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Public Sector (Sovereign) Financing

ADB offers a range of financing instruments, products, and modalities to provide developing member countries with flexibility in determining how they can achieve development results.

Financial Products

ADB offers its developing member countries (DMCs) different types of financial products suited for varying needs and situations, all of which support governments in boosting economic growth and solving development challenges. Among these products are loans, grants, technical assistance, guarantees, and debt management products. These are financed from ADB's ordinary capital resources (OCR) as well as special and trust funds, of which the Asian Development Fund (ADF) is the largest. Middle-income countries borrow from ADB at near-market terms, while lower-income countries access loans at reduced rates. A number of DMCs can access the ADF for grants to improve the quality of life of the poor and vulnerable.

The Asian Development Bank (ADB) offers its sovereign and sovereign-guaranteed borrowers a loan product – the Flexible Loan Product (FLP) - based on specified standard 6-month floating reference rates. The FLP also includes an effective contractual spread and a maturity premium (where applicable) that are fixed over the life of the loan. Borrowers may choose to denominate their FLP loans in United States dollar (USD), Japanese yen (Yen), euro (EUR), or in a currency in which ADB can efficiently intermediate. Reference Rate is Secured Overnight Financing Rate (SOFR) compounded over 6-month interest periods determined in arrears for USD or Tokyo Overnight Average Rate (TONA) compounded over 6-month interest periods in arrears for JPY — the new standard reference rates used in the market for pricing of floating-rate loans for both currencies. The 6-month Euro Interbank Offered Rate (EURIBOR) will continue to be the standard reference rate for EUR floating-rate loans. Other recognized commercial bank reference rates would be used in other markets.

The FLP is a market-based loan product that allows ADB’s efficient intermediation on the finest possible terms, provides transparent and market-based pricing, and meets borrowers’ needs to tailor currencies and interest rate basis to suit project needs and external risk management strategies.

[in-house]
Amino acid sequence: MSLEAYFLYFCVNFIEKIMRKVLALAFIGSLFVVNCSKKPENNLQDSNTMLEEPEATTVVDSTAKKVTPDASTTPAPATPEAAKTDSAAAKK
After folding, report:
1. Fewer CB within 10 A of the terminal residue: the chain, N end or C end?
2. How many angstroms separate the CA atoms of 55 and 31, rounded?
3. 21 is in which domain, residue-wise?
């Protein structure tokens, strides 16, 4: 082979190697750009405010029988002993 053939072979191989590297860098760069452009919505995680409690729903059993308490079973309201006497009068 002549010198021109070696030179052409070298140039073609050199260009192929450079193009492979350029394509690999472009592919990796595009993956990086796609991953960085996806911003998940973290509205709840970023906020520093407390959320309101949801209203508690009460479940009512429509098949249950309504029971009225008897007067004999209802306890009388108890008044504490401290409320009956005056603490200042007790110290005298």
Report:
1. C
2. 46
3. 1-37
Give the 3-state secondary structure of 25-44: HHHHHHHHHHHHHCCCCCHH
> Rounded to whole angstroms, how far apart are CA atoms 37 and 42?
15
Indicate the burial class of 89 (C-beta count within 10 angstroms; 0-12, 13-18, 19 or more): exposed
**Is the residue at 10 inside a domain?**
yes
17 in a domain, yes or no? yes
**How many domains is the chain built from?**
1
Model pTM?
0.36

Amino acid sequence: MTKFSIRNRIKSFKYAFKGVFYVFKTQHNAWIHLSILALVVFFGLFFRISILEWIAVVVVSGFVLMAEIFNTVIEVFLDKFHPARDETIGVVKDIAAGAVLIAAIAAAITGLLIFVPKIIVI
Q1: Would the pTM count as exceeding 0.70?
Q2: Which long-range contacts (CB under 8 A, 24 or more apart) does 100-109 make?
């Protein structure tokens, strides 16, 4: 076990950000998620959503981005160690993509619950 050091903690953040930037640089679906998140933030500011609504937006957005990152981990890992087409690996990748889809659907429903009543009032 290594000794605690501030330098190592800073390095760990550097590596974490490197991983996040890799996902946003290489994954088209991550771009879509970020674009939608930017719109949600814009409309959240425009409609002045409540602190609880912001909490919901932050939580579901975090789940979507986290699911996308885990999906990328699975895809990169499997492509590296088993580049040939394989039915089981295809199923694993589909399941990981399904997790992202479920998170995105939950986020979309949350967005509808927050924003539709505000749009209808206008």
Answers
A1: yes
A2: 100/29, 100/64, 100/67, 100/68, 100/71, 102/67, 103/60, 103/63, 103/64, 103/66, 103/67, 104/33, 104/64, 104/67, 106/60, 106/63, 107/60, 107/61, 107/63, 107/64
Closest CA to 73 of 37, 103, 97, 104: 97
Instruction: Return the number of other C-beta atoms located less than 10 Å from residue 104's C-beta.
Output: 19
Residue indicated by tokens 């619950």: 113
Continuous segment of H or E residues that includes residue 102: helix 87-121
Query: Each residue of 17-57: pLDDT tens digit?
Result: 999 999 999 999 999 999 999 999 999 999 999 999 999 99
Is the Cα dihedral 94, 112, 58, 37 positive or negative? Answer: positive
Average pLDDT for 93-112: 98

Lending rate

To continue meeting borrowers’ evolving financial needs, ADB introduced the local currency loan (LCL) product in August 2005. Private sector enterprises and certain public sector entities including local governments and public sector enterprises may avail themselves of LCLs.

LCLs aim to reduce currency mismatches in DMCs. Under the LCL window, borrowers have the option of changing the interest rate basis of an LCL during the life of the loan by requesting an interest rate conversion to fix or unfix their interest rate, subject to regulatory approvals and relevant swap market opportunities available to ADB in the local market.

ADB offers loans at very low interest rates to help reduce poverty in ADB's poorest member countries, and bridge the development gap in the Asia and Pacific region. Concessional assistance to DMCs is meant to help them overcome development challenges, support inclusive and sustainable development, and make progress on the Sustainable Development Goals. Large unmet development challenges, limited financing options, and the need to provide incentives to increase investment in regional public goods underlie the need for ADB’s continued concessional assistance to eligible DMCs.

ADB offers debt management products to members and entities fully guaranteed by members in relation to their third-party liabilities. In offering debt management products for third-party liabilities, ADB is able to contribute to the economic development of its DMCs by allowing members or guaranteed entities to improve debt management, thereby potentially reducing economic volatility, reducing borrowing costs, improving access to capital markets, and freeing up scarce financial resources for economic development.

Debt management products offered by ADB include currency swaps, including local currency swaps, and interest rate swaps. While currency swaps include the possibility of members or guaranteed entities transforming a foreign currency liability into a local currency liability, the reverse transformation of a local currency liability into a foreign currency liability is not offered.